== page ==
Honolulu Bankruptcy and Your Mortgage
Concerned About How Bankruptcy Will Affect Your Mortgage? Honolulu Bankruptcy Attorneys Have the Answers
Hawaii Bankruptcy Firm Understand Bankruptcy and Mortgages
One of the most common questions among those who are considering filing bankruptcy is, "Will I be able to keep my home?"
In most instances you will not lose your home during a bankruptcy case, as long as your equity in the property is fully exempt. Equity is the difference between the value of the property and what is owed on it. Under Hawaii law, the head of a family or someone over 65 has a homestead exemption of up to $30,000, while all others have a homestead exemption of up to $20,000. The property cannot exceed one acre. Federal and state law also allow Hawaii bankruptcy filers to opt for the exemptions that are available under the federal bankruptcy code (though bankruptcy filers must select either the federal or the state exemptions in whole and cannot pick and choose between them). The homestead exemption under the federal scheme is $22,975. If a husband and wife file a joint bankruptcy case and are both on title to their homestead, they are eligible to exempt up to $45,950 of their equity.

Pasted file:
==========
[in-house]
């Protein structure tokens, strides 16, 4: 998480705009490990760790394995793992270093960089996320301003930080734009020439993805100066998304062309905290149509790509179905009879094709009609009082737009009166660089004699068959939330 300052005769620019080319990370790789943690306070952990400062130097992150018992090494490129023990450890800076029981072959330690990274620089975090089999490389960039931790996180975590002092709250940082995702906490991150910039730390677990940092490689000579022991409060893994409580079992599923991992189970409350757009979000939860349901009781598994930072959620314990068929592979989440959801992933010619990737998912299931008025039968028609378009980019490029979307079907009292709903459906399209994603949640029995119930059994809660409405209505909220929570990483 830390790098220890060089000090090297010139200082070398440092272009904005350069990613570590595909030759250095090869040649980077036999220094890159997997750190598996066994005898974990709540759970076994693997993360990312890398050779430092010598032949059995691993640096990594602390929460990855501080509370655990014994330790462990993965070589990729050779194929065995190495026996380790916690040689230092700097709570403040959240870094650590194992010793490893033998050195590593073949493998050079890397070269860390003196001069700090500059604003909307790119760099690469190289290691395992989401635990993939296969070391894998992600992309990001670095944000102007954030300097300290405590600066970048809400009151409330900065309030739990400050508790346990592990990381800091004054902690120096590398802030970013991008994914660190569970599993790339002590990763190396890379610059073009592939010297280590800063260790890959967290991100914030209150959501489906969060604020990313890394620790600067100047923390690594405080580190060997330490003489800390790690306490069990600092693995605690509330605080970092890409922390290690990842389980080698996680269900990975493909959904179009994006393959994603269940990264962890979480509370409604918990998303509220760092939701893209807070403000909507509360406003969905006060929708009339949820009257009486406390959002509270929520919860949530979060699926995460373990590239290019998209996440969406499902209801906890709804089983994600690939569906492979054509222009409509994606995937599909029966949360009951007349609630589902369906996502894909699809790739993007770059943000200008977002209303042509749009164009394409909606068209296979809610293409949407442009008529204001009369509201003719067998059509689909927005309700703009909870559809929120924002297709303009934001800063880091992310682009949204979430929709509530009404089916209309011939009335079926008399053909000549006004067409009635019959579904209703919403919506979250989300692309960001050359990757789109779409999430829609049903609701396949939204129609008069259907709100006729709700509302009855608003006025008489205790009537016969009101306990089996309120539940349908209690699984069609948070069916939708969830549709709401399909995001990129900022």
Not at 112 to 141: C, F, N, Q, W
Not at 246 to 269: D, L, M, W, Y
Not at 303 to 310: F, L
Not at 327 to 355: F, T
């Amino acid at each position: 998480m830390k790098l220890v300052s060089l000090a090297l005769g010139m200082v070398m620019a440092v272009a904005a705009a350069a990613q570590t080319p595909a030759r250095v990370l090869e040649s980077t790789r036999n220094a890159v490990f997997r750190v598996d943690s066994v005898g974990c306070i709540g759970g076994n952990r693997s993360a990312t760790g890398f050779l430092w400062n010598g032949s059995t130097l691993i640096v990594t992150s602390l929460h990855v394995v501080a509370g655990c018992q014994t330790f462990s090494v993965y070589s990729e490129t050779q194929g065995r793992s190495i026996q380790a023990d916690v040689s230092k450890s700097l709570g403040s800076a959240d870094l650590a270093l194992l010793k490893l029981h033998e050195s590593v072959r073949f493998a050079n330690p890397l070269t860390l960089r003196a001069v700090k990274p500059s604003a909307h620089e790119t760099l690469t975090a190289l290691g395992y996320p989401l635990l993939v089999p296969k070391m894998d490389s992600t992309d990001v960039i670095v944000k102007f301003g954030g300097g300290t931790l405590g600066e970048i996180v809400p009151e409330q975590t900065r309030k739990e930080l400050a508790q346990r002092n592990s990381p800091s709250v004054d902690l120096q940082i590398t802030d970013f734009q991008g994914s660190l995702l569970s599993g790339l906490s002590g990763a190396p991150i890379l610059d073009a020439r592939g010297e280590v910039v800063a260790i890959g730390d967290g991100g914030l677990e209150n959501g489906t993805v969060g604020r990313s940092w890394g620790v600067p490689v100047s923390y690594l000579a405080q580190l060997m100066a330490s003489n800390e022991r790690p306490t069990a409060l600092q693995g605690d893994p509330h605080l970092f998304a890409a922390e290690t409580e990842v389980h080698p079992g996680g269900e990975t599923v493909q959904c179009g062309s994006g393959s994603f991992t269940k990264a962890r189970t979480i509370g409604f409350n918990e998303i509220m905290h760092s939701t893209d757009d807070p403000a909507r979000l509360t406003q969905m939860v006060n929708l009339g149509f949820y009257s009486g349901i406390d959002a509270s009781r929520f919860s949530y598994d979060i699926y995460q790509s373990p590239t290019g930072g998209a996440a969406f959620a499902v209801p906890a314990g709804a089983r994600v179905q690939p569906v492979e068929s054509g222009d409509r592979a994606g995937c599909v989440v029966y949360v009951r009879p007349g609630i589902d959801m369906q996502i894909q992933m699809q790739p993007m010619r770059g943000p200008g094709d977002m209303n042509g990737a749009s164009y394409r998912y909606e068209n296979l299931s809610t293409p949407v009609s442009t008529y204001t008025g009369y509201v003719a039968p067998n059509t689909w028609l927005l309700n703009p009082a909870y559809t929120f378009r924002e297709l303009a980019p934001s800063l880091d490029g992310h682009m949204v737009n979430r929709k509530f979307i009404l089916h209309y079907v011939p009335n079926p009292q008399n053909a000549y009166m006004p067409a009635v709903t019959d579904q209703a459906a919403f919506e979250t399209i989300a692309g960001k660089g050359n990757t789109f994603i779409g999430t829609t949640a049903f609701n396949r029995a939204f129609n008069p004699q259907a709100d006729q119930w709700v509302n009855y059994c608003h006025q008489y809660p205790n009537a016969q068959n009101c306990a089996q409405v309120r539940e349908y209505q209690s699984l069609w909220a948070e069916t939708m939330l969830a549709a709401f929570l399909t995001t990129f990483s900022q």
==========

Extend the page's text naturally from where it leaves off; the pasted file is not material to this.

In a chapter 7 case, your exemptions may not make any difference to the right of a mortgage holder to take your property to cover the debt if you are behind in your payments. If you have filed for chapter 13 bankruptcy, even if your property is not fully exempt, you will be able to keep it if you pay its non-exempt value to creditors.
However, some of your creditors may have a security interest in your home, meaning that you gave that creditor a mortgage on your home or put it up as collateral for the debt. Bankruptcy does not make these security interests go away, and if you don't make the payments on that debt, the creditor may be able to take and sell your home during or after the bankruptcy case.
How Can I Keep My Property?
There are several ways you can keep collateral or mortgaged property during a bankruptcy:
- Agree to keep making the payments on the debt until it is paid in full
- Pay the creditor the amount that the property you want to keep is worth
- You can challenge the debt, if improper conduct by your creditor is involved
If you are considering bankruptcy but are concerned about your mortgage, the experienced attorneys at The Law Office of Jean Christensen LLLC can advise you of your rights and obligations. Contact our firm online or call 808-521-1202 to schedule your free initial consultation at our Honolulu office today.